A surprise inspection of the reStart homeless shelter’s kitchen this month found conditions that a health manager termed “unacceptable,” with food areas riddled with pests and their feces.
ReStart officials said Wednesday they are addressing the roach infestation and other problems that led to the scathing Kansas City Health Department report.
“We take this very seriously,” reStart president and CEO Evie Craig said about the Oct. 2 inspection.
She noted the kitchen was never shut down despite multiple violations, and a follow-up inspection last Friday showed most problems had been corrected.
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Still, Naser Jouhari, Kansas City environmental health services division manager, described the original inspection results as “totally unacceptable.”
He said it is unusual for a Kansas City establishment to have so many violations, including observations of several dead mice, mouse droppings, multiple dead roaches and roach feces, live roaches outside the dining room, moldy vegetables in a walk-in cooler, dry rice inundated with weevils and several pans of food that were insufficiently cold or hot.
Jouhari said reStart, at 918 E. Ninth Street in downtown Kansas City, is inspected several times a year. He could not recall another such disturbing inspection there. He said the kitchen was not shut down Oct. 2 because it did not pose an immediate health threat.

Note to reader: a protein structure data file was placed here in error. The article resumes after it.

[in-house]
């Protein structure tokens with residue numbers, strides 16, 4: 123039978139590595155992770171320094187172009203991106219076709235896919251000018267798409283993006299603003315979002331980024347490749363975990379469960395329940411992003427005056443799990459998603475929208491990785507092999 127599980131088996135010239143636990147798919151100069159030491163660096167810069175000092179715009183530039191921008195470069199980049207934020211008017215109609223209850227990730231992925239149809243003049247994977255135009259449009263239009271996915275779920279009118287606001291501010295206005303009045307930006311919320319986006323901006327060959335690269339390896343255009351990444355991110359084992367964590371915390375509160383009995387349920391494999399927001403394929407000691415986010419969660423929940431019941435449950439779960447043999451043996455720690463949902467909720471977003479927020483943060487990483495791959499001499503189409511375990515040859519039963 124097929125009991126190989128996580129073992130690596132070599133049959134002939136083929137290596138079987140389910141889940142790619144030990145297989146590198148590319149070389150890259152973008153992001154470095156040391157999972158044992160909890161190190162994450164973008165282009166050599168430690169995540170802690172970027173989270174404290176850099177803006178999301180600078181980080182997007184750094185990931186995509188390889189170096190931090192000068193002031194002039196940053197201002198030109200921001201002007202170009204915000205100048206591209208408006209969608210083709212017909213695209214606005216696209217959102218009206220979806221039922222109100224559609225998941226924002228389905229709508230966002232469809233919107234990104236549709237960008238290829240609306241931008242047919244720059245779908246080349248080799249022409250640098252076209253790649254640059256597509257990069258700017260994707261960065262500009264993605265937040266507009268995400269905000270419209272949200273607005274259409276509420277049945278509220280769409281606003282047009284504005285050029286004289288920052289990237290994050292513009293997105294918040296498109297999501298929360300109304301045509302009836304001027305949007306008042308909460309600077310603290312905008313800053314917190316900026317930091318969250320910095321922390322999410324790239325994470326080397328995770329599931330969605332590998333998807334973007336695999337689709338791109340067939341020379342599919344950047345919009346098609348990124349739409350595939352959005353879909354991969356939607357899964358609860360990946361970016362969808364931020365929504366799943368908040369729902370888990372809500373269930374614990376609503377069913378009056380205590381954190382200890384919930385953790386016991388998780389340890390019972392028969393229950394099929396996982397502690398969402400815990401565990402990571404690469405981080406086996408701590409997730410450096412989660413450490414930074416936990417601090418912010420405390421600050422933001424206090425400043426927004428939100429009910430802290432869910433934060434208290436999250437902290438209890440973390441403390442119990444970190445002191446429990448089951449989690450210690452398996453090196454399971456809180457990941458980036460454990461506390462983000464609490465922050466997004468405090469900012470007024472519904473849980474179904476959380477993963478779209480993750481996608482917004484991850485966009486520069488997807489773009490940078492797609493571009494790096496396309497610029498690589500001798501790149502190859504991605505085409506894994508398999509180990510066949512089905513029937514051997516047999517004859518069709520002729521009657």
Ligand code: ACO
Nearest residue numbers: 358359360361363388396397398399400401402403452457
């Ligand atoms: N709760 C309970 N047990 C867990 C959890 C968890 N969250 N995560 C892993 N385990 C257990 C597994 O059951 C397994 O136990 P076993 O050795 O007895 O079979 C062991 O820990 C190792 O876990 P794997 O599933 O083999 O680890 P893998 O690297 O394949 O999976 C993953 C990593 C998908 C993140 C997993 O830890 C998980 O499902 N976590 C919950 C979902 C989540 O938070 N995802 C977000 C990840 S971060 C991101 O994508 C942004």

“Our goal is not to shut down the businesses,” he said, “especially for this establishment.”
The reStart shelter serves three meals every day of the year to about 150 residents.
Jouhari said he was encouraged that many of the violations had been fixed, but his division will require repeat inspections every 30 days for probably another six months.
The Oct. 2 inspection was prompted by a complaint from someone who claimed to have been at the shelter for almost a month, with ongoing symptoms of nausea, vomiting and headaches. The caller complained of seeing roaches on walls at the toast prep station, around unused refrigerators in the dining area and in a dry food storage room a long hallway’s distance from the kitchen.
Craig and other staffers said the kitchen serves only shelter residents, not outsiders, and they knew of no one who had reported getting ill from the food.
The kitchen employs about a dozen people, all of whom have food-handling licenses. Craig acknowledged that pest control is the kitchen’s biggest challenge because it is on the ground floor of a 97-year-old building and has had little updating over the years.
Even before the inspection, reStart had embarked on a $2 million capital campaign to completely renovate the ground floor, including the kitchen and dining area, which should dramatically improve conditions, Craig said.
For several years, the facility has had a weekly pest control treatment by Blue Beetle Pest Management. The company was shown the inspection report and is addressing areas of concern, Craig said.
Workers also have moved the dry storage area to a more accessible room, she said, to address many of the pest issues.
“We have to all be very, very vigilant about this,” Craig said.